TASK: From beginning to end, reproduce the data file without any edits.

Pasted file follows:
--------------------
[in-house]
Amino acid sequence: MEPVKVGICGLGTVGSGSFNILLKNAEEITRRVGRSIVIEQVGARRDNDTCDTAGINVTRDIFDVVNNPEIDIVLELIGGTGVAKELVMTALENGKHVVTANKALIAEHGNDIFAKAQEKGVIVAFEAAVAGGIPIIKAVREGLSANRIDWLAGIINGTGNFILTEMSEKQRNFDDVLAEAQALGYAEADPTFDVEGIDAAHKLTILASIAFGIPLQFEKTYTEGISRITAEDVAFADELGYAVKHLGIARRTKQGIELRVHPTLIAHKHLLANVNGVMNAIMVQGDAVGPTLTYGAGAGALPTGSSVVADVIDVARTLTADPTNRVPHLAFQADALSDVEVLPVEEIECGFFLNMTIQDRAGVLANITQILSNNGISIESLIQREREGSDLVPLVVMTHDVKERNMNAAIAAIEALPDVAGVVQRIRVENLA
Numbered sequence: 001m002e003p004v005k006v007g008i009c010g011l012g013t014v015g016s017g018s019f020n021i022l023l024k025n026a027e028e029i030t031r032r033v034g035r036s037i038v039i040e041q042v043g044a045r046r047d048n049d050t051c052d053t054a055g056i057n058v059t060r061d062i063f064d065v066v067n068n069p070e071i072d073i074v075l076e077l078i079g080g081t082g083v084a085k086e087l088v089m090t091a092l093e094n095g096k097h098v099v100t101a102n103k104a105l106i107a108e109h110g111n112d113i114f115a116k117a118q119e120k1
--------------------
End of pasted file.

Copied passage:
[in-house]
Amino acid sequence: MEPVKVGICGLGTVGSGSFNILLKNAEEITRRVGRSIVIEQVGARRDNDTCDTAGINVTRDIFDVVNNPEIDIVLELIGGTGVAKELVMTALENGKHVVTANKALIAEHGNDIFAKAQEKGVIVAFEAAVAGGIPIIKAVREGLSANRIDWLAGIINGTGNFILTEMSEKQRNFDDVLAEAQALGYAEADPTFDVEGIDAAHKLTILASIAFGIPLQFEKTYTEGISRITAEDVAFADELGYAVKHLGIARRTKQGIELRVHPTLIAHKHLLANVNGVMNAIMVQGDAVGPTLTYGAGAGALPTGSSVVADVIDVARTLTADPTNRVPHLAFQADALSDVEVLPVEEIECGFFLNMTIQDRAGVLANITQILSNNGISIESLIQREREGSDLVPLVVMTHDVKERNMNAAIAAIEALPDVAGVVQRIRVENLA
Numbered sequence: 001m002e003p004v005k006v007g008i009c010g011l012g013t014v015g016s017g018s019f020n021i022l023l024k025n026a027e028e029i030t031r032r033v034g035r036s037i038v039i040e041q042v043g044a045r046r047d048n049d050t051c052d053t054a055g056i057n058v059t060r061d062i063f064d065v066v067n068n069p070e071i072d073i074v075l076e077l078i079g080g081t082g083v084a085k086e087l088v089m090t091a092l093e094n095g096k097h098v099v100t101a102n103k104a105l106i107a108e109h110g111n112d113i114f115a116k117a118q119e120k1